You also cite HQ W548419, dated December 27, 2009, as a decision wherein CBP held that the profits for two related companies met the all costs plus a profit test even though the parent company realized a higher profit than its subsidiary. However, in that decision, CBP was provided with “a comparison of the manufacturer’s full cost markup with the weighted average full cost markups of twelve European companies in the same general industry group as determined by four digit standard industrial classification (SIC) codes.” [footnote omitted] See HQ W548419. CBP stated in its analysis:
In this case, we note that the manufacturer’s full cost markup falls within the range earned by similarly situated companies in the industry and is above the median. In this regard, the information submitted supports a finding that the price was settled in a manner consistent with the normal pricing practices of the [XXXXX] industry. Although the data submitted indicates that the consolidated return for the Group is higher than the manufacturer’s markup, the middleman bears greater risk in the transaction. In light of and adjusting for the additional risk borne by the middleman in the particular circumstances of this case, we find that the information submitted supports a finding that the price was adequate to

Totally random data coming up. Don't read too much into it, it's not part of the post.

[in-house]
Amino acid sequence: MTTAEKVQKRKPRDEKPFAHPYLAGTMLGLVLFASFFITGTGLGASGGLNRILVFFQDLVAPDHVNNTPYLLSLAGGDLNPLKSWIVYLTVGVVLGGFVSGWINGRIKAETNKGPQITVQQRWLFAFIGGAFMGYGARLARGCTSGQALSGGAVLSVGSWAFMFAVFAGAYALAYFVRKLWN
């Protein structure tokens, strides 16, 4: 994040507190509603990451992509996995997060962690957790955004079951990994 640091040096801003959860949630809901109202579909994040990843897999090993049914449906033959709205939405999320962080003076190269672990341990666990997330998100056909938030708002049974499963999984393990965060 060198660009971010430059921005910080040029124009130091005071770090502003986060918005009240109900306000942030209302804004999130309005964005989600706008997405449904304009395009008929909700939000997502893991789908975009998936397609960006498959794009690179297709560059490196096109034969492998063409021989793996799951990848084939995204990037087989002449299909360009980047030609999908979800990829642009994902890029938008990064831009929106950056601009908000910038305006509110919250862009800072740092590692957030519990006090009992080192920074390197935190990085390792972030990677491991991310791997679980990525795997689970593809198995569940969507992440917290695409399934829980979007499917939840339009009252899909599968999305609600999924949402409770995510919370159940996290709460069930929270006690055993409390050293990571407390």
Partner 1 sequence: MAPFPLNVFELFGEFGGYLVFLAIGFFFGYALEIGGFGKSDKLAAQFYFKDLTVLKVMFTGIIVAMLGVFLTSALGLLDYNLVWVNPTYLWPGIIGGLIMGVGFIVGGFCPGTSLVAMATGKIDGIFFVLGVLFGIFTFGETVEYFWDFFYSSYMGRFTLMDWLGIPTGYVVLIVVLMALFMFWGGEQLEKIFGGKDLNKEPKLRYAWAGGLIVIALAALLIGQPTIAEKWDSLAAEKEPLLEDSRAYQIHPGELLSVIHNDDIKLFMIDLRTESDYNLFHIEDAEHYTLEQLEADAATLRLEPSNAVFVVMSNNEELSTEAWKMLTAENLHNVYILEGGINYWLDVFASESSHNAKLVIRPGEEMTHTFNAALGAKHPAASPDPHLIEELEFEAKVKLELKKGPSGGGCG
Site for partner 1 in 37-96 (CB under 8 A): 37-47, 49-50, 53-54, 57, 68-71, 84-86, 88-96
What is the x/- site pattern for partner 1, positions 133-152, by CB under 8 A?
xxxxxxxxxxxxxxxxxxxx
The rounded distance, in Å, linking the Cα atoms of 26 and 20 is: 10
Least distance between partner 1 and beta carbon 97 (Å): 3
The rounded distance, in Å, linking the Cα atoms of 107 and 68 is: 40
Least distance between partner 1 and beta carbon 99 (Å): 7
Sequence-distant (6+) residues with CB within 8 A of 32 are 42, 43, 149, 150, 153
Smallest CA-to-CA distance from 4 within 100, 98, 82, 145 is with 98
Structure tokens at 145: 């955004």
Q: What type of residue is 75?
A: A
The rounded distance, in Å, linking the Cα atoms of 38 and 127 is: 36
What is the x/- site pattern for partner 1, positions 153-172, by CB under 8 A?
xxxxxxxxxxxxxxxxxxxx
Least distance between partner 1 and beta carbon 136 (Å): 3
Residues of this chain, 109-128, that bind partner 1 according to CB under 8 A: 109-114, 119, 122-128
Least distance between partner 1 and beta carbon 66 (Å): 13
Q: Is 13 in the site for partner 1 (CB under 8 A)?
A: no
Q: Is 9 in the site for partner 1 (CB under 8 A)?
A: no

ensure recovery of all costs plus a profit equivalent to the firm’s overall profit realized over a representative period of time.
When viewed in context, we see that the decision in HQ W548419 did not turn on merely a comparison of annual financial statements and simple profit comparisons, but was based on much more. Information was submitted which supported finding that the price was settled in a manner consistent with the normal pricing practices of the industry. That information, along with the facts of the particular case, led CBP to conclude that the price was adequate to ensure recovery of all costs plus a profit equivalent to the firm’s overall profit realized over a representative period of time.